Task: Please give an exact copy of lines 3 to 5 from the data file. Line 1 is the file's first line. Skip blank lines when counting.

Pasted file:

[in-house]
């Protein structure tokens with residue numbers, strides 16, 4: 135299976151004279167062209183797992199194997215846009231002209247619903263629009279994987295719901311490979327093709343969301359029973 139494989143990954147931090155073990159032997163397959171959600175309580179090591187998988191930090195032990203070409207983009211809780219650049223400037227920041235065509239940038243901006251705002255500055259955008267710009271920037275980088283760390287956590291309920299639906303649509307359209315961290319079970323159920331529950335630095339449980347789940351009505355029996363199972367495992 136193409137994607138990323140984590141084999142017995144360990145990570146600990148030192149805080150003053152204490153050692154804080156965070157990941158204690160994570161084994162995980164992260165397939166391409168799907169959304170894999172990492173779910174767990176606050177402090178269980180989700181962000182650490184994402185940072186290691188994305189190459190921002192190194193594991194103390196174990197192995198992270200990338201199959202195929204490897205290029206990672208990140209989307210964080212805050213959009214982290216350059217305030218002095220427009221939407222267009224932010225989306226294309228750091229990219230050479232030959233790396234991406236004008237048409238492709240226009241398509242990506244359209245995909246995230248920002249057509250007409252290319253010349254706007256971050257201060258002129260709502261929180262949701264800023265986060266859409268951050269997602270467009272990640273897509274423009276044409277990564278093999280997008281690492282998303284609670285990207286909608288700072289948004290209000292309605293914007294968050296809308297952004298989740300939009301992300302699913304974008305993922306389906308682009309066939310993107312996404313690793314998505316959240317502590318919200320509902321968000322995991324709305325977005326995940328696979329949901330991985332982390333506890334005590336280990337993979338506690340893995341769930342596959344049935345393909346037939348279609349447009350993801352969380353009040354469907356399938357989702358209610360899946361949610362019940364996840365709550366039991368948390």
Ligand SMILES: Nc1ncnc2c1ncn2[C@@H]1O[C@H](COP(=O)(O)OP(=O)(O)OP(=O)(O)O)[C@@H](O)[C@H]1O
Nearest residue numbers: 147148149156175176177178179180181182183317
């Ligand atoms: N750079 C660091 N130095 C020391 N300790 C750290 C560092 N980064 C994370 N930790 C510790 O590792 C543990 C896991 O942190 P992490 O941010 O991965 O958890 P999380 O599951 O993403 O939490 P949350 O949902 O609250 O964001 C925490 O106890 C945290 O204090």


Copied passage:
Ligand SMILES: Nc1ncnc2c1ncn2[C@@H]1O[C@H](COP(=O)(O)OP(=O)(O)OP(=O)(O)O)[C@@H](O)[C@H]1O
Nearest residue numbers: 147148149156175176177178179180181182183317
């Ligand atoms: N750079 C660091 N130095 C020391 N300790 C750290 C560092 N980064 C994370 N930790 C510790 O590792 C543990 C896991 O942190 P992490 O941010 O991965 O958890 P999380 O599951 O993403 O939490 P949350 O949902 O609250 O964001 C925490 O106890 C945290 O204090």